Swiss banks have a long-standing reputation for being a secure and secretive place to store one’s wealth. Now, the US Department of Justice has called one of those banks out for its shady dealings in helping U.S. citizens hide billions of dollars in assets. Credit Suisse, a major Swiss banking institution, has agreed to pay a $2.6 billion fine in response to charges they knowingly facilitated tax evasion for thousands of U.S. citizens by helping them hide billions in assets.
This scandal arose in 2013 when US authorities started investigating Swiss banks in an effort to crack down on tax evasion and gain access to financial data. As part of the settlement, Credit Suisse plead guilty to one count of offending withholding taxes and will pay a $2.6 billion penalty. This includes a payment of $1.8 billion to the US Department of Justice and another $715 million to the IRS – together they form the largest single fine for a bank dealing with US accounts and the first conviction of a major bank in the ongoing offshore account scandal.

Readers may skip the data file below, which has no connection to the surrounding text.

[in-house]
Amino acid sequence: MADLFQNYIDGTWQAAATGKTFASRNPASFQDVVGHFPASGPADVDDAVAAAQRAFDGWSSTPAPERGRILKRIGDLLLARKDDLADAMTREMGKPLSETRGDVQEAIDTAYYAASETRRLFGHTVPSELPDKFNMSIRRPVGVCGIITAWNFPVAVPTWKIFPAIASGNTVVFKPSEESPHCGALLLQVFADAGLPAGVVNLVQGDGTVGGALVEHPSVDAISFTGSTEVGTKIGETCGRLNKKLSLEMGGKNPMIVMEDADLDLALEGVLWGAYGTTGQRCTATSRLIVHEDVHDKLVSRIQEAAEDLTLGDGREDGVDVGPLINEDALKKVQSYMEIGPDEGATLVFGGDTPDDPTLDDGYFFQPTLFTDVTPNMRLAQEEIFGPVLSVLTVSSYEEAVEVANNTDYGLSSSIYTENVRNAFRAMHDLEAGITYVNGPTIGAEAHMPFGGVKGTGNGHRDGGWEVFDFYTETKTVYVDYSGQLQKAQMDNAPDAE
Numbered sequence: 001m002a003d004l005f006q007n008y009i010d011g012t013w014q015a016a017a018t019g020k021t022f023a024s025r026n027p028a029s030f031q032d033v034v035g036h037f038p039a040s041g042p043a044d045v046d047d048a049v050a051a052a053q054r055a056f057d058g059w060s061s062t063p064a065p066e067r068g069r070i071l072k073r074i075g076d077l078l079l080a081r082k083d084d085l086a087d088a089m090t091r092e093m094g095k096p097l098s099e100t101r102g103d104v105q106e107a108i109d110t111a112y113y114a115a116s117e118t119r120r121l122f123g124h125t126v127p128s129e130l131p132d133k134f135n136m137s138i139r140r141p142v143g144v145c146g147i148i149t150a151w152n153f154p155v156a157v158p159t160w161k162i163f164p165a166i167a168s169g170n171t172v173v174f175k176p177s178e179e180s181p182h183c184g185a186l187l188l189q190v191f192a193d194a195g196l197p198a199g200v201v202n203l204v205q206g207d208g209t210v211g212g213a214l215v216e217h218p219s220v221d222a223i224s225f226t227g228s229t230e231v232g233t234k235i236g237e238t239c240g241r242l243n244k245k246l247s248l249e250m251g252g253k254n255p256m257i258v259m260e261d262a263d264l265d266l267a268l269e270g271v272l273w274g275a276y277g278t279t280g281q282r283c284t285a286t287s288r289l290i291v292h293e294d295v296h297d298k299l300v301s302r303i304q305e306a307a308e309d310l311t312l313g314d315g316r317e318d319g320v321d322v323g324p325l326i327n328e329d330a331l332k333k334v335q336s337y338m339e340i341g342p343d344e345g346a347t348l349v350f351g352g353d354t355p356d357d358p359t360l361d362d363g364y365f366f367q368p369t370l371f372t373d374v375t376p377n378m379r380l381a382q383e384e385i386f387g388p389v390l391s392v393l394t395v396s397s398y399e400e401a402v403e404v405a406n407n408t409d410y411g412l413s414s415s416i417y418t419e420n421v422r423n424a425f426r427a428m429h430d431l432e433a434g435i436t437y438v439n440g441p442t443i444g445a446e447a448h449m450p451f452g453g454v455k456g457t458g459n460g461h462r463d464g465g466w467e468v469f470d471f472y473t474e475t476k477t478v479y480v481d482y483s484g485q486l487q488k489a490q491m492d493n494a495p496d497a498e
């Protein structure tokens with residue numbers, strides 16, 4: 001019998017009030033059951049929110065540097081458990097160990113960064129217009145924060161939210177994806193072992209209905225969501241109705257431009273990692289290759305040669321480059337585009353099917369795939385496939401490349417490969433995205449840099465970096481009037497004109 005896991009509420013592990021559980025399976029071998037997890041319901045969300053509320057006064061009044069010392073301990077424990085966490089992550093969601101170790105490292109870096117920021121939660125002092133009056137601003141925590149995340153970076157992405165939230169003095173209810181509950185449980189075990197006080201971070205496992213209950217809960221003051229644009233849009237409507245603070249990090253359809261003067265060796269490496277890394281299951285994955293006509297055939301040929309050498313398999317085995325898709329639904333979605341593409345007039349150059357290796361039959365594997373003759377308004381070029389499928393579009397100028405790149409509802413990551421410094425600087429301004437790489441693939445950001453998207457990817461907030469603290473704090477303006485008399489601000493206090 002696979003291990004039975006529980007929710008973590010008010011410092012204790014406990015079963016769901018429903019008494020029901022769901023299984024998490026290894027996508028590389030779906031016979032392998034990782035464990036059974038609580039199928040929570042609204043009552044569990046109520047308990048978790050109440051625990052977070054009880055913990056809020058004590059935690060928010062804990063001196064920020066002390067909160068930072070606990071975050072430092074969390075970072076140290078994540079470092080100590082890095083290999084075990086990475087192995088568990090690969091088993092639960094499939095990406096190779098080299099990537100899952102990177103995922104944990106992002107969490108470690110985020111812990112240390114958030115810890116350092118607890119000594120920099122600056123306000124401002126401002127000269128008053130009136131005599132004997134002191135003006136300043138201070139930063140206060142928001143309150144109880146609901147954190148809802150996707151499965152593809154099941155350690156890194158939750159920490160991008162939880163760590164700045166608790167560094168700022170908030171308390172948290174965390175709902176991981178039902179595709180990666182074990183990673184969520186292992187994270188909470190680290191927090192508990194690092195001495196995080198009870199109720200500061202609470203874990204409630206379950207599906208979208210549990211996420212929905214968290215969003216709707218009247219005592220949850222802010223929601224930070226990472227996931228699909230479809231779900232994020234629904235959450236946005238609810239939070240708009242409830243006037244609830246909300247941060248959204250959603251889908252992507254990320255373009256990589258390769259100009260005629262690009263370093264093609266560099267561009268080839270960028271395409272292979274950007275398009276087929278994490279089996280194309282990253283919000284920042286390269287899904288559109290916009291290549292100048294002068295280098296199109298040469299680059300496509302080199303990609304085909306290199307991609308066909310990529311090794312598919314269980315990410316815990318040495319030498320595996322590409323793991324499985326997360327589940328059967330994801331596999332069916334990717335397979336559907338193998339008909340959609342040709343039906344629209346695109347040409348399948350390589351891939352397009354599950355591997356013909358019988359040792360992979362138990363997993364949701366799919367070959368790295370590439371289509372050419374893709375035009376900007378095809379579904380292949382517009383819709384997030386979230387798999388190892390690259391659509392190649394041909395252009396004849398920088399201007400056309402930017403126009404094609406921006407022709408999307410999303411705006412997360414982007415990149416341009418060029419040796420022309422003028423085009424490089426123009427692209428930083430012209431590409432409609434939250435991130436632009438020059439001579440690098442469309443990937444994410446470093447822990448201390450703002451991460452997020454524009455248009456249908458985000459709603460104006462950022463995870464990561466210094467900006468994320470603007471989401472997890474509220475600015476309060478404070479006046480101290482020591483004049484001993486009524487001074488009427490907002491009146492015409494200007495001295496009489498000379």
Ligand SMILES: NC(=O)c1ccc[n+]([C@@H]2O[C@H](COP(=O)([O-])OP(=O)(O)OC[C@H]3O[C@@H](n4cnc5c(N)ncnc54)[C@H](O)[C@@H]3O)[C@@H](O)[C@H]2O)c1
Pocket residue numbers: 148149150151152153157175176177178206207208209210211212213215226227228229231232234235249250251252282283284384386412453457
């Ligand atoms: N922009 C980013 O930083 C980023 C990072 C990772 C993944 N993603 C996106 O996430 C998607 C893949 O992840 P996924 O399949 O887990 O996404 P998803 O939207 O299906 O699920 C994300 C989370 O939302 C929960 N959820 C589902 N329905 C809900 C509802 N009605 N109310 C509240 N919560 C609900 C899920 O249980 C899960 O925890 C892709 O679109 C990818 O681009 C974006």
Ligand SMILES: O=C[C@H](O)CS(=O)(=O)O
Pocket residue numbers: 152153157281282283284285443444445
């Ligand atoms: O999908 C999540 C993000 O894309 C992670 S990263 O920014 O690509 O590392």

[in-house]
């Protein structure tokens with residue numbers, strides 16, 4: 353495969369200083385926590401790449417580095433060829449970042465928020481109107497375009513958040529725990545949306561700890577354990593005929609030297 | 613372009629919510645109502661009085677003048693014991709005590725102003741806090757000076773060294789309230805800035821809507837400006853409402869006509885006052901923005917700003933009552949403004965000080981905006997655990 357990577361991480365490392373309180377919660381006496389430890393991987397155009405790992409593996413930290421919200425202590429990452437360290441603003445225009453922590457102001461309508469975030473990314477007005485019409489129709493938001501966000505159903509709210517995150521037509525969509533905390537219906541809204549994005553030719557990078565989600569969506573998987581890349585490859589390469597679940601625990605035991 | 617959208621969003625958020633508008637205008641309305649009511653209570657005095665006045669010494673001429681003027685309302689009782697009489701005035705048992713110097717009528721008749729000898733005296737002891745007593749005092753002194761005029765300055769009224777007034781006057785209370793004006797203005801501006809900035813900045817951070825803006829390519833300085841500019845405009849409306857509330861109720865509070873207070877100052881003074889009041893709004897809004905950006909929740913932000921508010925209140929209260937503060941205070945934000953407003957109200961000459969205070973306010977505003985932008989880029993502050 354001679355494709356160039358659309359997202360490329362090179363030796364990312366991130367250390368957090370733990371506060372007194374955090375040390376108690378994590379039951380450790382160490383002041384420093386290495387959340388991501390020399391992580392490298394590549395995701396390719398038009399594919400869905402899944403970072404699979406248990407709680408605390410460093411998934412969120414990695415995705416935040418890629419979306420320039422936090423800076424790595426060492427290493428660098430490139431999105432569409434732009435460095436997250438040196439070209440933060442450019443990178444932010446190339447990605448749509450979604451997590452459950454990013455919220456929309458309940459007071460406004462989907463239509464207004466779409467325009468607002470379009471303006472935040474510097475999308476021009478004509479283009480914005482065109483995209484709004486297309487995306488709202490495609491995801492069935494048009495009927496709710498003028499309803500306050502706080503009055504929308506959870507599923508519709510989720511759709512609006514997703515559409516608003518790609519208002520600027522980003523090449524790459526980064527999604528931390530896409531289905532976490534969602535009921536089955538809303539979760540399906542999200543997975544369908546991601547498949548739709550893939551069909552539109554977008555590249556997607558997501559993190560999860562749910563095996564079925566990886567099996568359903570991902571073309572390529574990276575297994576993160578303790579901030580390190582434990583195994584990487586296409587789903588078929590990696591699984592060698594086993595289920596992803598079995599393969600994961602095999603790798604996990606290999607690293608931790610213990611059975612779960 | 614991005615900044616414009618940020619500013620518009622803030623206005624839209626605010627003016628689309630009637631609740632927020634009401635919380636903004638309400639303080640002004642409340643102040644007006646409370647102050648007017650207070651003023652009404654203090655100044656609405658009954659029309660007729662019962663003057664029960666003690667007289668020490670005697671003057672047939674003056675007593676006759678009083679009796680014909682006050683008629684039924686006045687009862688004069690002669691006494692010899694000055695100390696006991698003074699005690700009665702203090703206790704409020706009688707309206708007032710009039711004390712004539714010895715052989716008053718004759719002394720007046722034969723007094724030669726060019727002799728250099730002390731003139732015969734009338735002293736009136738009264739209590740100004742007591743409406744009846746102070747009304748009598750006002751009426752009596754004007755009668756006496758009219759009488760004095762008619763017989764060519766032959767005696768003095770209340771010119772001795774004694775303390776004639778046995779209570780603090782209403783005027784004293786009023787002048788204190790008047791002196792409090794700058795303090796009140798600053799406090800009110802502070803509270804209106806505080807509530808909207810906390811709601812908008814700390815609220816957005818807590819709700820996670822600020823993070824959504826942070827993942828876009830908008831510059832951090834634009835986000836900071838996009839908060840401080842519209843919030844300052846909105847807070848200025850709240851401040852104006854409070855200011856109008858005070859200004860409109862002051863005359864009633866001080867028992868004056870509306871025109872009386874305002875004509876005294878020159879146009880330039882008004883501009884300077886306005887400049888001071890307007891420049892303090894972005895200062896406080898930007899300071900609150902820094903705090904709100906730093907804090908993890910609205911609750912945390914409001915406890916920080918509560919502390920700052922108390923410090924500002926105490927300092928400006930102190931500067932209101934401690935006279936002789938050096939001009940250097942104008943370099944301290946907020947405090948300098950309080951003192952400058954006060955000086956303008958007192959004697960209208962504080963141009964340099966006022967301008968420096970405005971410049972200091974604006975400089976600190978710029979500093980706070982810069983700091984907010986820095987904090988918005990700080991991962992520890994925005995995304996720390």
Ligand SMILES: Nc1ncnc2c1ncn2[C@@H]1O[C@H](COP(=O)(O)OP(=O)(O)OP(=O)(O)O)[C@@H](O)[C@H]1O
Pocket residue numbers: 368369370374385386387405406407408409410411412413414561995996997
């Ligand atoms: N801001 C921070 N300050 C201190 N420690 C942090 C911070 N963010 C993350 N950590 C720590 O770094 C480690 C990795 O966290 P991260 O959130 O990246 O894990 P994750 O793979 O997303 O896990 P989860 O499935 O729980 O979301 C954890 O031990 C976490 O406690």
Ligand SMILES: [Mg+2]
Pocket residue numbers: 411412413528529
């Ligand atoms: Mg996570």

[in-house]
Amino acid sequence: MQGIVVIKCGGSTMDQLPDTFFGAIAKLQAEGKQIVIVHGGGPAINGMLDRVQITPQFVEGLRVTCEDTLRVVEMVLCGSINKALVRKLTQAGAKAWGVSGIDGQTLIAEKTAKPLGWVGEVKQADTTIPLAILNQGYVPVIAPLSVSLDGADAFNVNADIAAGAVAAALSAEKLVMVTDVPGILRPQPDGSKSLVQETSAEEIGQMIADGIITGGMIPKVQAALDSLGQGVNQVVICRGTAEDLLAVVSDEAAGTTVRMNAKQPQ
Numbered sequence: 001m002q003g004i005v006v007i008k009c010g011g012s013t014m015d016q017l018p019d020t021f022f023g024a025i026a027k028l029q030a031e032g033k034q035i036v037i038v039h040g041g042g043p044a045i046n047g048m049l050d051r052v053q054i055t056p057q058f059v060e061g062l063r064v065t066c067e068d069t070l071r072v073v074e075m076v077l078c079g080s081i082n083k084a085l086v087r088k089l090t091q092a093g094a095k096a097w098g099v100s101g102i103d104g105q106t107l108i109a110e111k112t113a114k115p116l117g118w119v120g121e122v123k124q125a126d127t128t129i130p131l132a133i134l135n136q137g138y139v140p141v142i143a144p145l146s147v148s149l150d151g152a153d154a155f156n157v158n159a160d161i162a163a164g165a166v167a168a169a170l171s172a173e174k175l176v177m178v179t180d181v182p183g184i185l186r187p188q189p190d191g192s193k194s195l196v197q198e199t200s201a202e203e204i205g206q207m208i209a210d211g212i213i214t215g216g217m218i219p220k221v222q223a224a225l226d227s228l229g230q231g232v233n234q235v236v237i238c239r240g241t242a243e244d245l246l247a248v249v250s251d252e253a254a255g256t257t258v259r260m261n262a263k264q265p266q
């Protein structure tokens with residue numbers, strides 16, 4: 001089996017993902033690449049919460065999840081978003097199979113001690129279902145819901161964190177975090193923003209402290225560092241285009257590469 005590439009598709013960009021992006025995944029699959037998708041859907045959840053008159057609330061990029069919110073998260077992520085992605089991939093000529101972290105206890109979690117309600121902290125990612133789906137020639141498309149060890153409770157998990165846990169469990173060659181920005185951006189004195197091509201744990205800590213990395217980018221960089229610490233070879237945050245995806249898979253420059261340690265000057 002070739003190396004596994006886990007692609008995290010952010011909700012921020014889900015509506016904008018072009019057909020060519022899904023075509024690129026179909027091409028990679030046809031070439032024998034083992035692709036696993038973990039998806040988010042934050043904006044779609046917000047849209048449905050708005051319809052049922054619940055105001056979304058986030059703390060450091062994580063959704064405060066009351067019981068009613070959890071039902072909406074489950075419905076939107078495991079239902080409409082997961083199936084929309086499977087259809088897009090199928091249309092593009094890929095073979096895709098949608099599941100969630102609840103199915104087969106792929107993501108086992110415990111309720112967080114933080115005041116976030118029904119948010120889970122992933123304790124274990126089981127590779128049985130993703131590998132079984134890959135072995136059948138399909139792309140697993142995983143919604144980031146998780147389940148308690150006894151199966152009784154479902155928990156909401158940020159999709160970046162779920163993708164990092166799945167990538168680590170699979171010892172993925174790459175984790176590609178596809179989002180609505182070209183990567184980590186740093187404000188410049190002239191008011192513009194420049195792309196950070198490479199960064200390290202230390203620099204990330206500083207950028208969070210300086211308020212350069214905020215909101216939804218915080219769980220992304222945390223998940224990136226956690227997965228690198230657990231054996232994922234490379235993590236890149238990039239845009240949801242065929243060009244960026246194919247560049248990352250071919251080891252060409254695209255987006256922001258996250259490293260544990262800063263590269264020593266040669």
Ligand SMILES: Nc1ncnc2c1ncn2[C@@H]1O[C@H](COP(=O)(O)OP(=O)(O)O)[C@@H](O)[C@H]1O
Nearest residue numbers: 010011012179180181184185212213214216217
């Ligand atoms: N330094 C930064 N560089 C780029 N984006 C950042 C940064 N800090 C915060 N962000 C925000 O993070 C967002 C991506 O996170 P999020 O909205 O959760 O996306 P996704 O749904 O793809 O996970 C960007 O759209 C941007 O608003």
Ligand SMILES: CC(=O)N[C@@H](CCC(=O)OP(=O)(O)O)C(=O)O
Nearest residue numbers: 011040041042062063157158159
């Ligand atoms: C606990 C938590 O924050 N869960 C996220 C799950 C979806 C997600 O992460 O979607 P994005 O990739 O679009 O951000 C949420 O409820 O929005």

The fine is set to have an impact on Credit Suisse’s profits, with the bank planning to pay €122.9 million in individual renummations for the 2013 to 2016 financial year. This amount includes legal and other fees to cover the fines.
This is not the first time US authorities have cracked down on Swiss banks. Last July, UBS, another Swiss banking giant, also had to pay a hefty $780 million fine after admitting to helping Americans evade taxes in Switzerland with hidden offshore accounts.
The Credit Suisse incidents reveals the significance of the US Department Justice’s efforts to crack down on offshore tax evasion. It also highlights how important it is for banks to comply with US regulations and strengthen their internal AML (Anti-Money Laundering) procedures to prevent any criminal activities. Credit Suisse has agreed to reinforce its own anti-money laundering system and will now be subject to regular monitoring from the DoJ.
Ultimately, this settlement provides an important lesson for both banks and citizens alike. Tax evasion is a crime and banks should strive to be more compliant with the US law. On the other hand, US citizens should be aware that attempting to hide income and assets abroad won’t end well.